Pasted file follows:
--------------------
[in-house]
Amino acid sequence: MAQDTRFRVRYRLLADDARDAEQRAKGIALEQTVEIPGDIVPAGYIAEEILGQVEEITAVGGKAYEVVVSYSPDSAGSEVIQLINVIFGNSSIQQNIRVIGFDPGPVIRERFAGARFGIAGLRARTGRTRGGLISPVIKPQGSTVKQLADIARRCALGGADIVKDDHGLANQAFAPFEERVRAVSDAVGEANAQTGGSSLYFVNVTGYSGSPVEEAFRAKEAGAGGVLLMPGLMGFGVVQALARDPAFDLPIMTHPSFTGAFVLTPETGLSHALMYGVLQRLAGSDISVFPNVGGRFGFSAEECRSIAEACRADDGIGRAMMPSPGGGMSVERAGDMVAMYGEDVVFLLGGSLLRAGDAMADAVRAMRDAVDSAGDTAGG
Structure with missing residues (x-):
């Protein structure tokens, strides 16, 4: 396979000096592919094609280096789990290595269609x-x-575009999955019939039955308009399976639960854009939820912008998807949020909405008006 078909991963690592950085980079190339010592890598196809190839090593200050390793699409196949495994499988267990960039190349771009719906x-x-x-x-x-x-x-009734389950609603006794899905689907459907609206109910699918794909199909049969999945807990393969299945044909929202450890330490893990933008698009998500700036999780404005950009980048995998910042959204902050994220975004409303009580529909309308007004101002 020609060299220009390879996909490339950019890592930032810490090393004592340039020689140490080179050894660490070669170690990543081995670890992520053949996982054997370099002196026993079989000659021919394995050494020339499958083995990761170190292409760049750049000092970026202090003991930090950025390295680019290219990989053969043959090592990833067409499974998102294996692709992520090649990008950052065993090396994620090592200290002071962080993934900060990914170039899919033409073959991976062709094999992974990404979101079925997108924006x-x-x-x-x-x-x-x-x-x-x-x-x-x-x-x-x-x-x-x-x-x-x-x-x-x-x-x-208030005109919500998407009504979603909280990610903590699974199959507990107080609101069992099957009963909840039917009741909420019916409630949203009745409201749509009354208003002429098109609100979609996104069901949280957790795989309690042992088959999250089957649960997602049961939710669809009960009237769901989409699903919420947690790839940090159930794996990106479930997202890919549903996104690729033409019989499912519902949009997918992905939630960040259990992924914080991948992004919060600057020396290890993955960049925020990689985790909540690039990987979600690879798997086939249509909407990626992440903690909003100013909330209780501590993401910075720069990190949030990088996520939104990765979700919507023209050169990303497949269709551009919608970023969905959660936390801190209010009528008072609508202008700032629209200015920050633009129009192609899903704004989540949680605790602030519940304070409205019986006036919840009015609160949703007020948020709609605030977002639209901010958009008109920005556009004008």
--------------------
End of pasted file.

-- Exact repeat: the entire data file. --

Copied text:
[in-house]
Amino acid sequence: MAQDTRFRVRYRLLADDARDAEQRAKGIALEQTVEIPGDIVPAGYIAEEILGQVEEITAVGGKAYEVVVSYSPDSAGSEVIQLINVIFGNSSIQQNIRVIGFDPGPVIRERFAGARFGIAGLRARTGRTRGGLISPVIKPQGSTVKQLADIARRCALGGADIVKDDHGLANQAFAPFEERVRAVSDAVGEANAQTGGSSLYFVNVTGYSGSPVEEAFRAKEAGAGGVLLMPGLMGFGVVQALARDPAFDLPIMTHPSFTGAFVLTPETGLSHALMYGVLQRLAGSDISVFPNVGGRFGFSAEECRSIAEACRADDGIGRAMMPSPGGGMSVERAGDMVAMYGEDVVFLLGGSLLRAGDAMADAVRAMRDAVDSAGDTAGG
Structure with missing residues (x-):
């Protein structure tokens, strides 16, 4: 396979000096592919094609280096789990290595269609x-x-575009999955019939039955308009399976639960854009939820912008998807949020909405008006 078909991963690592950085980079190339010592890598196809190839090593200050390793699409196949495994499988267990960039190349771009719906x-x-x-x-x-x-x-009734389950609603006794899905689907459907609206109910699918794909199909049969999945807990393969299945044909929202450890330490893990933008698009998500700036999780404005950009980048995998910042959204902050994220975004409303009580529909309308007004101002 020609060299220009390879996909490339950019890592930032810490090393004592340039020689140490080179050894660490070669170690990543081995670890992520053949996982054997370099002196026993079989000659021919394995050494020339499958083995990761170190292409760049750049000092970026202090003991930090950025390295680019290219990989053969043959090592990833067409499974998102294996692709992520090649990008950052065993090396994620090592200290002071962080993934900060990914170039899919033409073959991976062709094999992974990404979101079925997108924006x-x-x-x-x-x-x-x-x-x-x-x-x-x-x-x-x-x-x-x-x-x-x-x-x-x-x-x-208030005109919500998407009504979603909280990610903590699974199959507990107080609101069992099957009963909840039917009741909420019916409630949203009745409201749509009354208003002429098109609100979609996104069901949280957790795989309690042992088959999250089957649960997602049961939710669809009960009237769901989409699903919420947690790839940090159930794996990106479930997202890919549903996104690729033409019989499912519902949009997918992905939630960040259990992924914080991948992004919060600057020396290890993955960049925020990689985790909540690039990987979600690879798997086939249509909407990626992440903690909003100013909330209780501590993401910075720069990190949030990088996520939104990765979700919507023209050169990303497949269709551009919608970023969905959660936390801190209010009528008072609508202008700032629209200015920050633009129009192609899903704004989540949680605790602030519940304070409205019986006036919840009015609160949703007020948020709609605030977002639209901010958009008109920005556009004008």